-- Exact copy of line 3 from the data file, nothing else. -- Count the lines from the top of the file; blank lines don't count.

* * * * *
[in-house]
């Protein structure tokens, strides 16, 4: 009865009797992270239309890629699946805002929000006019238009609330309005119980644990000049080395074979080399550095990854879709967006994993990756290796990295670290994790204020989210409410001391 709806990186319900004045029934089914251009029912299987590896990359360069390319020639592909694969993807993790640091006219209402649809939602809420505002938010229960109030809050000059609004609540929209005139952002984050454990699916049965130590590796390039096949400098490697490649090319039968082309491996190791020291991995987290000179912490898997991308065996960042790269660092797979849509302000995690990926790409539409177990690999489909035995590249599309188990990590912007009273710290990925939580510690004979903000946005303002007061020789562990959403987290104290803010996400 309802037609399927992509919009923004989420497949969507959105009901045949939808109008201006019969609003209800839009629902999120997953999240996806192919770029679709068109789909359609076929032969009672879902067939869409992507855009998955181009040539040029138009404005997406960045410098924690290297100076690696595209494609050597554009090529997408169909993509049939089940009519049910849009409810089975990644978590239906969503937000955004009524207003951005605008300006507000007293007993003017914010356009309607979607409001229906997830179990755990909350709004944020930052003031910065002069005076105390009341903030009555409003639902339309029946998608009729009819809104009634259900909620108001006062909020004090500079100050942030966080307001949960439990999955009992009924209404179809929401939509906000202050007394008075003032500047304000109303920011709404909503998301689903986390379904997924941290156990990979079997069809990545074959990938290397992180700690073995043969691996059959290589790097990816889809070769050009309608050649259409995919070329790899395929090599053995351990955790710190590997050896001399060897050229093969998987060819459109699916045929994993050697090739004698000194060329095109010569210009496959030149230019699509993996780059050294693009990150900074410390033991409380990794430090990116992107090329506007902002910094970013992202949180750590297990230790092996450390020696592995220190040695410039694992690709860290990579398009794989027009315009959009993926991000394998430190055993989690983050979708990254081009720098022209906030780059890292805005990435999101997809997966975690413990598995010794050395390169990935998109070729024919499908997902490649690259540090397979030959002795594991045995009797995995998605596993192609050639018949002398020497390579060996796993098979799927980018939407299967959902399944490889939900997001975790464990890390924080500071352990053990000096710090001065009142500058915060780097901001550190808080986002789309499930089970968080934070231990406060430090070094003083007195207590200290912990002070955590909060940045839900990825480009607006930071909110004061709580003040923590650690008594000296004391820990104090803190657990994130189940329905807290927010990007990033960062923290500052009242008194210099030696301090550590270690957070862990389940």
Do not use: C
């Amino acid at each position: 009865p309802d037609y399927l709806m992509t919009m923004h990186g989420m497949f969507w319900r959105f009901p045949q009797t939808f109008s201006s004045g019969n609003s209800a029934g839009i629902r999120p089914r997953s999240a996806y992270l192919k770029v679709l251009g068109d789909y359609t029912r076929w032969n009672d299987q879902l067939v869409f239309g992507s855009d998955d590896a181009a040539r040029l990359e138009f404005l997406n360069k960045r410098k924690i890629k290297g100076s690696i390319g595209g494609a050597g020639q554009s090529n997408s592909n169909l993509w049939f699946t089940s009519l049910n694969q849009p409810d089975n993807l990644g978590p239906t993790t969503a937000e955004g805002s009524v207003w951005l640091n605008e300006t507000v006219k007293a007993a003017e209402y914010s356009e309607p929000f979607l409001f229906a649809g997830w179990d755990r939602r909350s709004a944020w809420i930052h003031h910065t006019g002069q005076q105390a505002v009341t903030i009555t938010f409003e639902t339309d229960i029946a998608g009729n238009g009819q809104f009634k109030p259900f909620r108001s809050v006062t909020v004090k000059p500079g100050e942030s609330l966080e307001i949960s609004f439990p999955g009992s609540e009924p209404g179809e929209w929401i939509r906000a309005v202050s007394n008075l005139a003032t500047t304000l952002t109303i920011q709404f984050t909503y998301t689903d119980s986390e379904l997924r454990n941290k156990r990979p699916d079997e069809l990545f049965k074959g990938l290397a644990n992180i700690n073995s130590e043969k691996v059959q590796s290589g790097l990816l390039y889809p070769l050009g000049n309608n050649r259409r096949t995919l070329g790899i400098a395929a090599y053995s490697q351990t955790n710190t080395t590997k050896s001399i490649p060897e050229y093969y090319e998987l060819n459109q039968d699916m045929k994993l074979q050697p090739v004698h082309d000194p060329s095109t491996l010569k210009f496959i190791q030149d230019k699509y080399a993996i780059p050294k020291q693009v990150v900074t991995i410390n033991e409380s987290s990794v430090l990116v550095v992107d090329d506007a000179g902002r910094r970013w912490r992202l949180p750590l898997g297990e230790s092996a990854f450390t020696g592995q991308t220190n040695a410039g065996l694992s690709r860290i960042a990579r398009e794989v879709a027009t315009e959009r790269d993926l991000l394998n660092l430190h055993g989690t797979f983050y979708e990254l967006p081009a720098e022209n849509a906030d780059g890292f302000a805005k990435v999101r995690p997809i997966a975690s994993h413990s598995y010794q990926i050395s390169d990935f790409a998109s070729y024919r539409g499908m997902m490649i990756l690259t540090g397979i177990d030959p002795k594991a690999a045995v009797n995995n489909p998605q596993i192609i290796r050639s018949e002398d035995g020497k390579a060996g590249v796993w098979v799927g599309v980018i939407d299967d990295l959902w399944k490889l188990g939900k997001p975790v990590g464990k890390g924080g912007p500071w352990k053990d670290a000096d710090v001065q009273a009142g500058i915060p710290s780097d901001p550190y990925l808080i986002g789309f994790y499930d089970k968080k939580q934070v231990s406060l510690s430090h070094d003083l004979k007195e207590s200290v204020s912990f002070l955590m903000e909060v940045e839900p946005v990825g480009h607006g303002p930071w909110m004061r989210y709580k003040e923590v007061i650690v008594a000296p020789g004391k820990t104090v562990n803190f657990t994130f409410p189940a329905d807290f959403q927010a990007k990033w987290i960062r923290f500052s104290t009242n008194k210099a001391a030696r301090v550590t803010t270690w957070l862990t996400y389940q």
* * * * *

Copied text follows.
Do not use: C